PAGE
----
William Beedle and Edythe Marrener in Young and Willing (1943)
And it’s not noir. Too zany.
But Young and Willing, a Paramount production that no one seems ever to have heard of except me, is two things: it’s one of my favorite guilty pleasures and it’s a showcase for two future veterans of the film noir era: William Holden and Susan Hayward.
William Holden was born William Franklin Beedle on April 17, 1918, in O’Fallon, Illinois, a small town about 20 miles east of St. Louis. His parents moved to Monrovia, California, in 1922, where young William became notorious for his daredevil stunts; one of his favorite antics was walking on his hands on the outer ledge of a structure known as Suicide Bridge.
While a student at South Pasadena Junior College, William performed in a play at the Pasadena Workshop Theatre, where he caught the eye of a Paramount Studios talent scout. Before long, William had signed a contract with Paramount and the head of the studio’s publicity department changed his last name to Holden. In one of his first movies, Million Dollar Legs (1939), Holden only said two words: “Thank you.” He got his big break a short time later when he landed the role of Joe Bonaparte, a violinist-turned-boxer, in Golden Boy (1939), co-starring Barbara Stanwyck. After Holden’s performance in this film, producer Harry Cohn struck a unique deal with Paramount to purchase half of the actor’s contract; the agreement would last for the next 14 years.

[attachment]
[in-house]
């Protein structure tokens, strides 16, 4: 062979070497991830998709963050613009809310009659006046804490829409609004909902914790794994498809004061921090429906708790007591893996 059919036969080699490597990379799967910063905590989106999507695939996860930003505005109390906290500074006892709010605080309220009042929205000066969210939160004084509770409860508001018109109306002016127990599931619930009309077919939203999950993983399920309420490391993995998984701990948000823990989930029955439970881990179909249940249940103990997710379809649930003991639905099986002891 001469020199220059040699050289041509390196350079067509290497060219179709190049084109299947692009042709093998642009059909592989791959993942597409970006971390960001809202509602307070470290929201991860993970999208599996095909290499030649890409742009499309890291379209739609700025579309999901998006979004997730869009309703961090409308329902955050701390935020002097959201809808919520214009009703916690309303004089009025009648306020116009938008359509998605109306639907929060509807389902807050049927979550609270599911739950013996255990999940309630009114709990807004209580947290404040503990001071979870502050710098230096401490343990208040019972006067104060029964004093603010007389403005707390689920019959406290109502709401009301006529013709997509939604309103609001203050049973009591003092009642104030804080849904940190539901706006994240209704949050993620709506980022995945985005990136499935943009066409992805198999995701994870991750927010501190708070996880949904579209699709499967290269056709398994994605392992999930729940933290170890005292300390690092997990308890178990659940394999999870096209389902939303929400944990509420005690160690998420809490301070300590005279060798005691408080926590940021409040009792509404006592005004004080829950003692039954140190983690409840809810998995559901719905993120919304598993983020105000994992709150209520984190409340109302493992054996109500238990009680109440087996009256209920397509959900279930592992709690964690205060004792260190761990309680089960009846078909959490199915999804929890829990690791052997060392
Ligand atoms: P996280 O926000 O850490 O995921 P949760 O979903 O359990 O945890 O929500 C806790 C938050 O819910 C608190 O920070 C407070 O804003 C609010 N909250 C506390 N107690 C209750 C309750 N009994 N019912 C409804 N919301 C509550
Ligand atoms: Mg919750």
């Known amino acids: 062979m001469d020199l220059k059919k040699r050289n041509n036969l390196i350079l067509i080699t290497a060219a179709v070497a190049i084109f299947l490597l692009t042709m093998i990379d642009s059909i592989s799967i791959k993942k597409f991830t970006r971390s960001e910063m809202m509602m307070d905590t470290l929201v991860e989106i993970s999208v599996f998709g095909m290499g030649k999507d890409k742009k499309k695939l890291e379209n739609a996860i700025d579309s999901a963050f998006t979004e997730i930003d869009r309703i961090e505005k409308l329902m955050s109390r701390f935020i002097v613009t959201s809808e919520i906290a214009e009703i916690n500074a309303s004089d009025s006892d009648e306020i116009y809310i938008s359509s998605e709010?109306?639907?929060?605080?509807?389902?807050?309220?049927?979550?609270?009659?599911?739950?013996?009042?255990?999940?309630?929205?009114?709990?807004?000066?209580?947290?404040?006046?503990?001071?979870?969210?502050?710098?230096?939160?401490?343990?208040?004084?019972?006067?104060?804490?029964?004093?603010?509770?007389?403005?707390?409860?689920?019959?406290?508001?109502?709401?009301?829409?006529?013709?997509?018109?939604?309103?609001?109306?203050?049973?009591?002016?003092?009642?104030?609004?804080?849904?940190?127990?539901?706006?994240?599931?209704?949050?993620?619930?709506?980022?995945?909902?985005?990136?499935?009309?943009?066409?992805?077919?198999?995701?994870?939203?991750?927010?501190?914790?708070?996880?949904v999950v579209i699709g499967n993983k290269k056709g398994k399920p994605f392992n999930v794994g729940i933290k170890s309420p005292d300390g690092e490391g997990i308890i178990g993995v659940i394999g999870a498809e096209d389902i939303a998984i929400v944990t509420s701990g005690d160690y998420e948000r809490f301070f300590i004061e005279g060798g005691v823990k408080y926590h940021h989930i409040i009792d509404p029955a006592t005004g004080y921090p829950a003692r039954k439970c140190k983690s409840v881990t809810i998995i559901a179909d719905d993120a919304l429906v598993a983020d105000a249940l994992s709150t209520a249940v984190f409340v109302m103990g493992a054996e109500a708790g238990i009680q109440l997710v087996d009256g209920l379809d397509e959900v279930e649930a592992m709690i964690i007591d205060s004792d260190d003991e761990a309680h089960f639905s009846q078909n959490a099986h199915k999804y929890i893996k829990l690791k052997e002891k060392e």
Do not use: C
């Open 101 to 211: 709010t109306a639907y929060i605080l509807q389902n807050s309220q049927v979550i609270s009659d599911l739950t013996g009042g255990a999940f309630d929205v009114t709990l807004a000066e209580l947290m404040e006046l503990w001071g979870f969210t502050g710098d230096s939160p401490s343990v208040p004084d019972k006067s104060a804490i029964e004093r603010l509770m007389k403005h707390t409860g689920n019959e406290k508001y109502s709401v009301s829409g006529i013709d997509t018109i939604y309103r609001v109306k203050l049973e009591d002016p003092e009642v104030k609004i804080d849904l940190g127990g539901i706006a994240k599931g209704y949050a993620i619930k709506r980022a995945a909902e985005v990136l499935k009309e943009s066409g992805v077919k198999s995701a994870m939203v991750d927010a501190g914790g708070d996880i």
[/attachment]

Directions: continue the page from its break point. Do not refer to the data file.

Holden spent the next several years in a series of mostly forgettable features, but he was catapulted into stardom after his performance in Dear Ruth (1947), co-starring Joan Caulfield. This engaging comedy caught the attention of the public and critics alike, with the reviewer for the New York Times noting his “easy naturalness.
In the late 1940s, Holden stepped into the film noir era with The Dark Past (1948), in which he played a psychologically damaged criminal. His other noir features over the next several years were Sunset Boulevard (1950) – for which he was deservedly nominated for an Academy Award (he lost to Jose Ferrer in Cyrano deBergerac); Union Station (1950), where he portrayed a police lieutenant working against time to save a kidnapped blind girl; and The Turning Point (1952), which was inspired on the Kefauver hearings on organized crime. Other highlights of Holden’s cinematic career – and among my favorite movies – were Stalag 17 (1953), The Country Girl (1954), Picnic (1955), and Network (1976).
Susan Hayward entered this world as Edythe Marrenner on June 30, 1918; she grew up in a tenement in the Flatbush section of Brooklyn, where her father worked as a barker at Coney Island. She once stated that she couldn’t remember a time when she didn’t want to be an actress, but at the tender age of seven, it looked like her dreams of a career on the stage would be dashed before they could begin. Edythe was hit by a car and fractured her hip – doctors predicted that she would never walk again, but she refused to give up or give in.
As a teen, Edythe appeared in numerous plays at Girls Commercial High School, and later pursued a full-time modeling career. Her big break came when she appeared in an eight-page spread in the Saturday Evening Post – a short time later, she inked a test contract with Selznick Studios and was asked to audition for the role of Scarlett O’Hara in Gone With the Wind. Although she didn’t get the part, she did get an agent, signed a six-month contract with Warner Bros., and assumed the persona of Susan Hayward. Her film debut was in Beau Geste (1939), where she played one of the few women in the cast.